Deminski: No, our producer was not rude. Here's what happened last night: Our producer explained to you that we were in the middle of a completely different story. We were in the middle of an hour.  We had a bunch of listeners (that are the lifeblood of this radio station) that were trying to talk about an animal abuse case. He told you to please email us, and we could set something up for you to come on. He told you repeatedly you could email us. And instead of doing that what you did is that you told our producer that Bill & I should be ashamed of ourselves. That everybody should be ashamed of ourselves.

Lonegan: And I feel that way right now... at this moment.

Deminski: And then you went on to call our producer an a-hole. Did you not?

Lonegan: Oh, I did not!

Deminski: Oh, so he's lying? Oh. Okay.

Lonegan: I did not do that. I teach three year old children, and I teach them respect every day of the week. I look into their eyes, and I tell them to be…

Deminski: Oh, so our producer is lying?

Lonegan: And I really feel very sorry you. Your producer is lying! I did not call that man an [EXPLICIT LANGUAGE].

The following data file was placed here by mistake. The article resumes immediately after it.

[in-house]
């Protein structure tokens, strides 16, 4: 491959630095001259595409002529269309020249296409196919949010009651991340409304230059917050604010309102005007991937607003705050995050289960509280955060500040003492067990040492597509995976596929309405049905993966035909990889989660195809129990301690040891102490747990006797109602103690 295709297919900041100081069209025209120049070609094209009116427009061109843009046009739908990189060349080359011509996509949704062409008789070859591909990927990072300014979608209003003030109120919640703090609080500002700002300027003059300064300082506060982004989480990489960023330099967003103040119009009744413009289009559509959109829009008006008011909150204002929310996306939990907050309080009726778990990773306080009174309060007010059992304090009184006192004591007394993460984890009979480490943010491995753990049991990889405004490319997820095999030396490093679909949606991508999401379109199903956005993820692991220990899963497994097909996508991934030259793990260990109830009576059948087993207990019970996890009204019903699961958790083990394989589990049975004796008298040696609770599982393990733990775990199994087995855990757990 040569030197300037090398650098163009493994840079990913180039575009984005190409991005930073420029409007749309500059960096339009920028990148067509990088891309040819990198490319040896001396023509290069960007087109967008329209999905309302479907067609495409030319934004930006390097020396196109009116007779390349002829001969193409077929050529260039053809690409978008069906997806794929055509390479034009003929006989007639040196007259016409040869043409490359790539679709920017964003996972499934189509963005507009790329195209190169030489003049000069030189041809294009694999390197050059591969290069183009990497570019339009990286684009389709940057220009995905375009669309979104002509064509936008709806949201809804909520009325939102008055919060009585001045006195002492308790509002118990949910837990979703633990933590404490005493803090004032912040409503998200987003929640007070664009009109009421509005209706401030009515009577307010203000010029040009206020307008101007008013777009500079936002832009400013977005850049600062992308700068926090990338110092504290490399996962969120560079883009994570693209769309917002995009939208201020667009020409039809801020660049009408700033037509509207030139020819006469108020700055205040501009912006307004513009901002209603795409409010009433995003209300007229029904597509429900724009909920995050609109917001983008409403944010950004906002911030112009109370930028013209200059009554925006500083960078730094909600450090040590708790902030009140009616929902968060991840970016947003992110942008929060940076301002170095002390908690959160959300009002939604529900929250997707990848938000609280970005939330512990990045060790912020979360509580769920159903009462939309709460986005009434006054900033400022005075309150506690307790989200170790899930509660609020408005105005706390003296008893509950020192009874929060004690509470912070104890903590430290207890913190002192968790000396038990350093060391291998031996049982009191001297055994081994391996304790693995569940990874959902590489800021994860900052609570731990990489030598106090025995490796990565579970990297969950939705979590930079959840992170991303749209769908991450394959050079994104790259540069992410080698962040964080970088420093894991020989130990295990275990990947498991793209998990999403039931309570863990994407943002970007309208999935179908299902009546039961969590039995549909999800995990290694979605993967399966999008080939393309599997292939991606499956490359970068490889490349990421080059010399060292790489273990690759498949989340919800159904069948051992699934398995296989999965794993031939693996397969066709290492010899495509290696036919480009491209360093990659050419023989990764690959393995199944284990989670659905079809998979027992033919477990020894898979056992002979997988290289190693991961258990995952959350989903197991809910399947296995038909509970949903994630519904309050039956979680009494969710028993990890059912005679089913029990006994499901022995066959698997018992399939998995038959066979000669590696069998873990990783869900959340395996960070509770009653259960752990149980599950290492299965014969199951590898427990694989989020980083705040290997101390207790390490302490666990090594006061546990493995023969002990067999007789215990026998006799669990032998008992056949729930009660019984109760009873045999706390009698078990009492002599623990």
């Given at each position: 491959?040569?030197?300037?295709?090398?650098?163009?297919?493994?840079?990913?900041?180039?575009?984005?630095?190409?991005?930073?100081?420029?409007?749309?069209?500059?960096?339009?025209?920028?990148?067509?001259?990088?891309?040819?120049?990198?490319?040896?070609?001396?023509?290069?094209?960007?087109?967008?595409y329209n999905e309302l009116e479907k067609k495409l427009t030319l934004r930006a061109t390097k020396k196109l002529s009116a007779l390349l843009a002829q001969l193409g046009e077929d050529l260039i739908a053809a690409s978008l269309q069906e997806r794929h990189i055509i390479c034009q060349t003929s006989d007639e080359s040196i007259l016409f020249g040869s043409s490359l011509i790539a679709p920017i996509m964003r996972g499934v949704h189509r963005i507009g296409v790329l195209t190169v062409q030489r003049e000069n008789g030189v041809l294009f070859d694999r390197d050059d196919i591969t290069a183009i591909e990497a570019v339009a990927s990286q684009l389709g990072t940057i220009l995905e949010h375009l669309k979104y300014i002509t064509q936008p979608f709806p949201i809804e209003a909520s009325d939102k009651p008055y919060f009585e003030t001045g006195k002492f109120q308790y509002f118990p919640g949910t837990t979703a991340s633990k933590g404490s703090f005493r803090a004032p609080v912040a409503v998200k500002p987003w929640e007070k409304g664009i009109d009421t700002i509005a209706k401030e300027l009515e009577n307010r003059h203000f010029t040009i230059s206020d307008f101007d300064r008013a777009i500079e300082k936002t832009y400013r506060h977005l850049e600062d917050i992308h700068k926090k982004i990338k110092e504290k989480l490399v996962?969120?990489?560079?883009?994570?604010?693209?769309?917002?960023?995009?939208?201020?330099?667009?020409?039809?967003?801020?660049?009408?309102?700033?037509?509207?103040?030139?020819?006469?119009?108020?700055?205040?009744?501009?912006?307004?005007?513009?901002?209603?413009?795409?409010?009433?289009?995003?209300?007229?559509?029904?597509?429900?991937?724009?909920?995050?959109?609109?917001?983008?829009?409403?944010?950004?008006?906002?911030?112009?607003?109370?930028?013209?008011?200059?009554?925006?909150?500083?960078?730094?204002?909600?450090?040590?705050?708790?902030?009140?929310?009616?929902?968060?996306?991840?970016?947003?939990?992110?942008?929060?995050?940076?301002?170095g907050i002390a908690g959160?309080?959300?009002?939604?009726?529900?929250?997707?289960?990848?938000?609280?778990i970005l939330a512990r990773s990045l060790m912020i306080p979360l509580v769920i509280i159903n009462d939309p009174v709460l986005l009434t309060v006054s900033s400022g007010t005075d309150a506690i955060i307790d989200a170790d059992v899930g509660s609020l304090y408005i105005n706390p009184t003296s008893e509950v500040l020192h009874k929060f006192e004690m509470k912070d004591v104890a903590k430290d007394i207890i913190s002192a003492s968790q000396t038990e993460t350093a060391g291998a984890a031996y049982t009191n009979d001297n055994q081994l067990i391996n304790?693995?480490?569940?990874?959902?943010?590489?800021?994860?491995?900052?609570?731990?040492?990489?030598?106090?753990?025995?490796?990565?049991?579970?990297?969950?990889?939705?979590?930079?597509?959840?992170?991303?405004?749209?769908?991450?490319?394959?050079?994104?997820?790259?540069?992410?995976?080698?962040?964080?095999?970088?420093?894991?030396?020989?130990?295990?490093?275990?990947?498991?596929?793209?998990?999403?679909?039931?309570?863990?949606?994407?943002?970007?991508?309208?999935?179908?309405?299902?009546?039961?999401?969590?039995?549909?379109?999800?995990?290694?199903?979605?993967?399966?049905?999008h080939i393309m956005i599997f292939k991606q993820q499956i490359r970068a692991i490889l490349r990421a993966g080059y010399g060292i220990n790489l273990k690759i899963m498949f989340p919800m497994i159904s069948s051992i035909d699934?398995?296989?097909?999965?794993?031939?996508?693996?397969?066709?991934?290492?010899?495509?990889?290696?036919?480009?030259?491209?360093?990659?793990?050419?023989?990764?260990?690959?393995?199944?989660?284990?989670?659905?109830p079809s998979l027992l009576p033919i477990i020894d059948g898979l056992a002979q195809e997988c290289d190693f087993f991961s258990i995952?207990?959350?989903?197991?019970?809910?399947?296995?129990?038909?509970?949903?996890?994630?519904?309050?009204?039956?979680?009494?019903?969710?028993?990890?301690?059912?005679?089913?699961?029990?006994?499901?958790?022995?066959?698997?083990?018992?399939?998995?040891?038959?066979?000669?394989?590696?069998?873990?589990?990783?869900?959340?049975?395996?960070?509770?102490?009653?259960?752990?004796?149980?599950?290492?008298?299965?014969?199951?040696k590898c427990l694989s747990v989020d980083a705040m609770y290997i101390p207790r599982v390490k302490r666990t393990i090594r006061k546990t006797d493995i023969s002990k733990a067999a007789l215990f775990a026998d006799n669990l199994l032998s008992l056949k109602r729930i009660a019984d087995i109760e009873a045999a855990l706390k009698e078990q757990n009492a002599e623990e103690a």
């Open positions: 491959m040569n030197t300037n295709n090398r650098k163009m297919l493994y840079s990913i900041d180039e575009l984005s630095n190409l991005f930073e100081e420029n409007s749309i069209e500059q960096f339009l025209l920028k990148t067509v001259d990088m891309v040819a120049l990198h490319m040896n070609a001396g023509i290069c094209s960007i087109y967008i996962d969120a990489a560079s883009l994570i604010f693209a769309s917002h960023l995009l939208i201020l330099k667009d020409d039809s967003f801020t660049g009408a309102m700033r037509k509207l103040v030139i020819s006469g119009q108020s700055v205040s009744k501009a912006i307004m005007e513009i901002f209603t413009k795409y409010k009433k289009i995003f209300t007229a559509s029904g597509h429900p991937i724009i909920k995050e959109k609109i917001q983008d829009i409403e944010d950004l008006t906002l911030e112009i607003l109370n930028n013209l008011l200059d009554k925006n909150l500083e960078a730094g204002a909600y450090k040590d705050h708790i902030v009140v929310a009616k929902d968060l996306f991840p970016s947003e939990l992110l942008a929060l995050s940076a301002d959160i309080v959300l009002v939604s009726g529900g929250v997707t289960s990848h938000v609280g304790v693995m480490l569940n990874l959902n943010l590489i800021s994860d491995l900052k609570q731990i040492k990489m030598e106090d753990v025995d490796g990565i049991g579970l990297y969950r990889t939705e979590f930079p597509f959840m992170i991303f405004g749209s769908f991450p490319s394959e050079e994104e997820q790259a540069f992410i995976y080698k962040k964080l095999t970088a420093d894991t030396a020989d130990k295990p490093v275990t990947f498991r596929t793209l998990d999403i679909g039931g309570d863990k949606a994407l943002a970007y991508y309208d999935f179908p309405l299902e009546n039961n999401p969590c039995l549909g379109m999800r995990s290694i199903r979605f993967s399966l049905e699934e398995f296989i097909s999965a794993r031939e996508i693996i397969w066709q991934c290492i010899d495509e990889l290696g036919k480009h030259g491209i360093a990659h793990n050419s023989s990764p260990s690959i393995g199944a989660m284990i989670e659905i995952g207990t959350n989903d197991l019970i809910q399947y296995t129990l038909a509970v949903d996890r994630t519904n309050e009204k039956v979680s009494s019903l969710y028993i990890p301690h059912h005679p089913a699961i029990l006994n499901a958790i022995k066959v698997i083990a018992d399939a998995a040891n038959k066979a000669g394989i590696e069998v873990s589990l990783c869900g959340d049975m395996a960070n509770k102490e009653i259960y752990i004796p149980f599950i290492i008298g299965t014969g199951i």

Deminski: Whoa! You can't say the word, Lorraine! You cannot say the word, which is why I abbreviated the word. Now, Lorraine, is there anything else you would like to get out here?

Lonegan: I would like to see you try to do your show once with your eyes closed, and you can get one-tenth of what my husband did from edge of this state to the other edge of this state. To have all of the people behind him. To have everybody proud of him, as I am. To see you try to accomplish one-tenth of what he accomplished, I would be amazed.

Doyle: If people put their hand on his arm to guide him, why did you put your hand on his arm?

Lonegan: Why did I put my hand on his arm?

Deminski: Yes, if you knew that he goes by these cues. If you knew that his aides did this all of the time, why did you do that and then thus confuse him as you are saying is what happened is that he was simply confused? Why would you confuse him?

Lonegan: I am an… I teach three year olds. I'm a very hands on person. I am a very emotional, loving and caring person. And we were in the midst of an extremely emotional moment.

Doyle: Alright.

Deminski: Right, but you deny that he could have an emotional moment of his own by brushing your hand away?

Doyle: Alright. We're out of time.

Deminski: Alright, Lorraine. Lorraine Lonegan. You had your say. Thanks for being on the air.

Lonegan: Check the video. See that he.. 15 seconds later, you can see that he..

Deminski: We're still out of time. Lorraine Lonegan, the wife of senate candidate Steve Lonegan.